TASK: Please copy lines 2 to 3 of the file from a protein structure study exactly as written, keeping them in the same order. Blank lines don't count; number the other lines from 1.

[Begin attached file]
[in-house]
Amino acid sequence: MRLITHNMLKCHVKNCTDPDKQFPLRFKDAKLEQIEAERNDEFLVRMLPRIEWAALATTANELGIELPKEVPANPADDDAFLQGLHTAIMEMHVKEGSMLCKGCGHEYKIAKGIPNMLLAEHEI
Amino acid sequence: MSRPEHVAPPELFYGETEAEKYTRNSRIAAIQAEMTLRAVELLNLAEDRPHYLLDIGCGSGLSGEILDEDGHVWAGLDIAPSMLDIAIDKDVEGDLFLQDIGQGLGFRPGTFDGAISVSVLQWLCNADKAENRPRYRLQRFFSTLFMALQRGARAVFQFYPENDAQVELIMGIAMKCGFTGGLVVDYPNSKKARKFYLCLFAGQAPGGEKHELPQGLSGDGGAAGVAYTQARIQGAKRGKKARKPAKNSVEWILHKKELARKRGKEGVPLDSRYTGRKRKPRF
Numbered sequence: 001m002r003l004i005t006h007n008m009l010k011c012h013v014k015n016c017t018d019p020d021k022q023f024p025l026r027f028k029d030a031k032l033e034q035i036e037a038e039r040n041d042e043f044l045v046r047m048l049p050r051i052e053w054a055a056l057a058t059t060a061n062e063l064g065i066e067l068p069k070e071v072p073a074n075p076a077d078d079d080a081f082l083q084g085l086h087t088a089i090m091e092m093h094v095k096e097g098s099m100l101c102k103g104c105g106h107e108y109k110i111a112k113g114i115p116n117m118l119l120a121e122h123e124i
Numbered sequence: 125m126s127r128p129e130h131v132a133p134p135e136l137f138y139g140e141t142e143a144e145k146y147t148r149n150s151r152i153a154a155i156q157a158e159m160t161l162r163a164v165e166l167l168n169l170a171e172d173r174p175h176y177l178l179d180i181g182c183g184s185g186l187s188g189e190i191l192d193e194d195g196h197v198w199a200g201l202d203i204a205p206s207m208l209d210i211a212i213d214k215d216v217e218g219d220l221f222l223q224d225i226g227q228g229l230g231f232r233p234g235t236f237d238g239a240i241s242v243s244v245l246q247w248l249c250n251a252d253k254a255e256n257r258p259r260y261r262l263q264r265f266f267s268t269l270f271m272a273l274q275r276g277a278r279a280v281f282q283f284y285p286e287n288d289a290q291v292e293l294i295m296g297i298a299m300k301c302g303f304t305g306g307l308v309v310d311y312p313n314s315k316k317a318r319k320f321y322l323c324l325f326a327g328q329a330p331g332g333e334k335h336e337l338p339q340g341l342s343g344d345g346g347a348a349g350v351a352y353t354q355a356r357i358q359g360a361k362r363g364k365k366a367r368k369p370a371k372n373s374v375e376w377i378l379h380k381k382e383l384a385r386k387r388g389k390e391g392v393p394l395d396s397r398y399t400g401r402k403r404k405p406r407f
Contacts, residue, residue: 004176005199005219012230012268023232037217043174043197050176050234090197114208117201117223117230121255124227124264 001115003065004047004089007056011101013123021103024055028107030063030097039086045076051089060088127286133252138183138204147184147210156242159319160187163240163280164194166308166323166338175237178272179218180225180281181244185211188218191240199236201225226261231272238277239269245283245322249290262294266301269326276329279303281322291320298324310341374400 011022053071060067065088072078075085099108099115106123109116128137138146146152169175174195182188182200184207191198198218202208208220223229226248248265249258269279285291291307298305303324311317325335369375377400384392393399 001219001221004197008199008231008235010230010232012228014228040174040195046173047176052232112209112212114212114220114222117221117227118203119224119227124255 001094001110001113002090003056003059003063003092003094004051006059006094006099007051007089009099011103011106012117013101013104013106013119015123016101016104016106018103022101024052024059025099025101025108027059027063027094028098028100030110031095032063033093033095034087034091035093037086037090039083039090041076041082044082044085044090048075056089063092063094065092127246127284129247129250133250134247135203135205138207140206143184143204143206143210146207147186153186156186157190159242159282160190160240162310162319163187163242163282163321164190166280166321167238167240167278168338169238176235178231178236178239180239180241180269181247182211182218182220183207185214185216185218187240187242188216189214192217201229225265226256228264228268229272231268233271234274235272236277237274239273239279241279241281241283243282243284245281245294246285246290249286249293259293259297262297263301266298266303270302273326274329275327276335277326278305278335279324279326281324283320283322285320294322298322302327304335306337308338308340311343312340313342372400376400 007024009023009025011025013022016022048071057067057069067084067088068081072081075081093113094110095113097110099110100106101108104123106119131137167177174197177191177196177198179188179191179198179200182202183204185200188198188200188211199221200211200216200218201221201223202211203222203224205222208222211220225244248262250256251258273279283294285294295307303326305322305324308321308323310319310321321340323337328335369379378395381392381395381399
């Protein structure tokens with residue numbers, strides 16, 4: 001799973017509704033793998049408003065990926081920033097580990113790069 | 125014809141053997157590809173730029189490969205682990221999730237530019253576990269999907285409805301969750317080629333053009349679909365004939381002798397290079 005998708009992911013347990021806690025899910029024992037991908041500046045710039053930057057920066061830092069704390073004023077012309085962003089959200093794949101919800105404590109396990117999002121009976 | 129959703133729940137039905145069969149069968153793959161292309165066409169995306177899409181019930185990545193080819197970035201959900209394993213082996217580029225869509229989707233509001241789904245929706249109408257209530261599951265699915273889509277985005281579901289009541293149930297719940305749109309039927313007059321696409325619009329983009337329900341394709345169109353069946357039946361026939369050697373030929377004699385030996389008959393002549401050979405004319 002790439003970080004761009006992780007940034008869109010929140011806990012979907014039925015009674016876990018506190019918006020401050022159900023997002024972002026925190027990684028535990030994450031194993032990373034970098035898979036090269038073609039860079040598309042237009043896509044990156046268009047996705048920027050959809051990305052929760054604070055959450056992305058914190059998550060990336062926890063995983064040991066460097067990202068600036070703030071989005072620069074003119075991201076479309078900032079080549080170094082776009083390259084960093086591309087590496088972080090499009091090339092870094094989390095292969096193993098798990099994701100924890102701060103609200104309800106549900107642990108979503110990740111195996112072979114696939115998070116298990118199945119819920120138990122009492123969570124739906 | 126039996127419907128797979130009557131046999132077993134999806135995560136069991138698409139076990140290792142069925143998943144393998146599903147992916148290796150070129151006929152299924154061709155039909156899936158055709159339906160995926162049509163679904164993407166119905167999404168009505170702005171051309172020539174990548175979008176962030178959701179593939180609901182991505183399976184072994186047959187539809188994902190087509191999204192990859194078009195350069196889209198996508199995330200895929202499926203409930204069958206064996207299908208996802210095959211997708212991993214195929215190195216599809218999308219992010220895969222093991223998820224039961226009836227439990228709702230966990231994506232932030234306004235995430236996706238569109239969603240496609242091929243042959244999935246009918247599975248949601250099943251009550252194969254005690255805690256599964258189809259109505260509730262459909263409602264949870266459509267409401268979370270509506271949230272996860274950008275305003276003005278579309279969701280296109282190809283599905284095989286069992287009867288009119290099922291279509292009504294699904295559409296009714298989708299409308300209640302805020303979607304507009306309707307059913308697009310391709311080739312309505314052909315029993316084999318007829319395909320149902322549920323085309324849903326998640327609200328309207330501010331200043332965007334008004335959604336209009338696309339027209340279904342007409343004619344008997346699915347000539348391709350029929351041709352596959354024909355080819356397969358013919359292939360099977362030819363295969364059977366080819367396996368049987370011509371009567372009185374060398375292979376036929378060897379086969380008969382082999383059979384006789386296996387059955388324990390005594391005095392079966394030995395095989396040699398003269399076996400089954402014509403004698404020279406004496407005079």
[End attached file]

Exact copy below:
Amino acid sequence: MRLITHNMLKCHVKNCTDPDKQFPLRFKDAKLEQIEAERNDEFLVRMLPRIEWAALATTANELGIELPKEVPANPADDDAFLQGLHTAIMEMHVKEGSMLCKGCGHEYKIAKGIPNMLLAEHEI
Amino acid sequence: MSRPEHVAPPELFYGETEAEKYTRNSRIAAIQAEMTLRAVELLNLAEDRPHYLLDIGCGSGLSGEILDEDGHVWAGLDIAPSMLDIAIDKDVEGDLFLQDIGQGLGFRPGTFDGAISVSVLQWLCNADKAENRPRYRLQRFFSTLFMALQRGARAVFQFYPENDAQVELIMGIAMKCGFTGGLVVDYPNSKKARKFYLCLFAGQAPGGEKHELPQGLSGDGGAAGVAYTQARIQGAKRGKKARKPAKNSVEWILHKKELARKRGKEGVPLDSRYTGRKRKPRF